“What knits together the families of Roth’s Newark are adults—some foreign-born but many the children of immigrants—who either experienced the insecurity and deprivation of the Old World themselves or heard stories about it from their own parents. What they want most is to find stability in a neighborhood, in a city, and in a country that offers them the chance at security for their families.” On Philip Roth and Newark, NJ.
Point: “Repeated surveys show that children spend less time reading than did previous generations. They instead devote many hours of their waking lives to electronic screens of one kind or another.” Counterpoint: “Generation Y, those born between 1979 and 1989, spent the most money on books in 2011, taking over long-held book-buying leadership from baby boomers…with 43 percent of GenY’s purchases going to online channels, they are adding momentum to the industry shift to digital.” Conclusion?
To add to the awards lists, Believer has announced its editors’ shortlist for the Believer Book Award, which looks to acknowledge “the strongest and most underappreciated” novels of the year. The shortlist includes Danielle Dutton’s Sprawl; Kira Henehan’s Orion You Came and You Took All My Marbles (reviewed for The Millions); James Hynes‘ Next, Grace Krilanovich’s The Orange Eats Creeps (reviewed for The Millions); and Paul Murray’s Skippy Dies (reviewed here).
“‘I think she is better than J. L. Borges—who is good, but not all that good!” said poet Elizabeth Bishop of Brazilian writer Clarice Lispector. Bishop was one of Lispector’s first English translators, but also one of her fiercest critics. Alexandra Pechman writes for the Poetry Foundation about their literary rivalry and grudging respect. Pair with Magdalena Edwards’s Millions review of Lispector’s The Complete Stories.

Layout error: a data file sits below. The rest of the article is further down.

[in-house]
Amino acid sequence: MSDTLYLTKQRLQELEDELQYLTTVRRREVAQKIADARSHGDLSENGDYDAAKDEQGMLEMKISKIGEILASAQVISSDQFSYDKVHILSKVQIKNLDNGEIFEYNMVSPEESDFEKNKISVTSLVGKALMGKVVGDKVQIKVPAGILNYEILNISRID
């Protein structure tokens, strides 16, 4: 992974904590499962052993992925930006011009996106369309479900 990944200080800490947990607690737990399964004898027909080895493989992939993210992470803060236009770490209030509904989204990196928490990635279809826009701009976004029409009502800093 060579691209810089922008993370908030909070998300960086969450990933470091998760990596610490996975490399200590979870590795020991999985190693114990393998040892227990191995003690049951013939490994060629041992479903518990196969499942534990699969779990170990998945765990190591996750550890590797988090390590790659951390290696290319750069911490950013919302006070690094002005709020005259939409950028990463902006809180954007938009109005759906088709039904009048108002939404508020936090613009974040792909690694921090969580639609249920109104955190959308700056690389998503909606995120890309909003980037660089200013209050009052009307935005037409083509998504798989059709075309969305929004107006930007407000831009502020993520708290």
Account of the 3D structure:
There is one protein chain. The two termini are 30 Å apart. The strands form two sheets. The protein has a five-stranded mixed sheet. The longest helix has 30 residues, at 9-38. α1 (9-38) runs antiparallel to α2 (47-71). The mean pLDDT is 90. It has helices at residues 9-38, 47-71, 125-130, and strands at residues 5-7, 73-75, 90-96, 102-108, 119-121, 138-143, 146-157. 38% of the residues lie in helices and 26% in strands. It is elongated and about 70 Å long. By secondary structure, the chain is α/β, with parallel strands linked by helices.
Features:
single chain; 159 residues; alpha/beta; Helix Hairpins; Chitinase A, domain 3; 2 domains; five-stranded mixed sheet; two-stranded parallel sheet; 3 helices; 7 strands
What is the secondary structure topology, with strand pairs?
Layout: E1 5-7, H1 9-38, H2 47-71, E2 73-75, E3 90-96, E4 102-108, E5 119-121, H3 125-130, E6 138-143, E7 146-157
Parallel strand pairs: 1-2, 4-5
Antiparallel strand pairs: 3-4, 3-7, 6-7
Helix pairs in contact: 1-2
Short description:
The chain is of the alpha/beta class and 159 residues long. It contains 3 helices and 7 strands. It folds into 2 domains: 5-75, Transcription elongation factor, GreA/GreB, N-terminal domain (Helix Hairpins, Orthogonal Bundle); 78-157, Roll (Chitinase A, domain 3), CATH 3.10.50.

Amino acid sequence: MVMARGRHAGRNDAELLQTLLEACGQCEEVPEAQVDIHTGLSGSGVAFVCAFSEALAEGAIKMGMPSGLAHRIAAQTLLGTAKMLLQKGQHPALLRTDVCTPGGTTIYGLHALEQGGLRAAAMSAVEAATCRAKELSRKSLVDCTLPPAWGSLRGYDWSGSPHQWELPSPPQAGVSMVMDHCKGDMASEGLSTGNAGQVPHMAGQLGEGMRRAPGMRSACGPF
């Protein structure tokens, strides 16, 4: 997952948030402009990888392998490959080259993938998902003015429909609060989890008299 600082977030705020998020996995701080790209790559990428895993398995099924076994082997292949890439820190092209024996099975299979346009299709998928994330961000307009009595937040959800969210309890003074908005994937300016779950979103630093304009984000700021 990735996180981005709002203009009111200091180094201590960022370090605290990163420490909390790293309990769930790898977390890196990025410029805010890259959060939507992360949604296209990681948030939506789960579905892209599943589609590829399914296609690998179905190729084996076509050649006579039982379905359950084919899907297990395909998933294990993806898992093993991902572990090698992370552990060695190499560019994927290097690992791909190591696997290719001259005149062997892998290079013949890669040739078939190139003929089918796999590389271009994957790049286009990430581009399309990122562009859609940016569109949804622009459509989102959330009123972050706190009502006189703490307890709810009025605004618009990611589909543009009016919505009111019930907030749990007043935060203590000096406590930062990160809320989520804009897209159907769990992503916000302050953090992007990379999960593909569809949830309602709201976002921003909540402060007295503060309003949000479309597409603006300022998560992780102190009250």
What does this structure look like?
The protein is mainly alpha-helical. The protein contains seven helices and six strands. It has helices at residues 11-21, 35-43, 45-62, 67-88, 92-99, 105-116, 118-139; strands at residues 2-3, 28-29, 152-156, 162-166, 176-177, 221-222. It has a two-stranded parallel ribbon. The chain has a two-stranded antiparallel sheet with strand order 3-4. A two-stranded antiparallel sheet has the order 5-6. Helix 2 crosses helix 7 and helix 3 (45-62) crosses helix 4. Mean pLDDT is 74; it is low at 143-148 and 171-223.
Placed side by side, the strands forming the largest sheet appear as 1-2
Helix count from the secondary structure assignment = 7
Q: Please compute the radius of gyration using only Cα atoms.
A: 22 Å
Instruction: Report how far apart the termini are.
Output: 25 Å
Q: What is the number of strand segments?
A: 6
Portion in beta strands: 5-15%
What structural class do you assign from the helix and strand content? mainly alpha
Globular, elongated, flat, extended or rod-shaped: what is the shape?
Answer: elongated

The Oxford University Press blog has a never-before-published poem by Dorothy Wordsworth. She constructed the piece in 1839 while suffering from arteriosclerosis and dementia because “there was a therapeutic dimension both in creating and ‘performing’ poetry,” writes Lucy Newlyn.
“And, it really means so much to us to watch our birds fly out of the high school nest and into an income bracket that could really benefit the Annual Fund this year. I mean, we have 85% of our goal, but as you know, that’s only a B. And we know that you are an A student.” Ah, what a heartwarming and totally genuine letter from my private, nonprofit high school congratulating me on my new job. Thanks, McSweeney’s.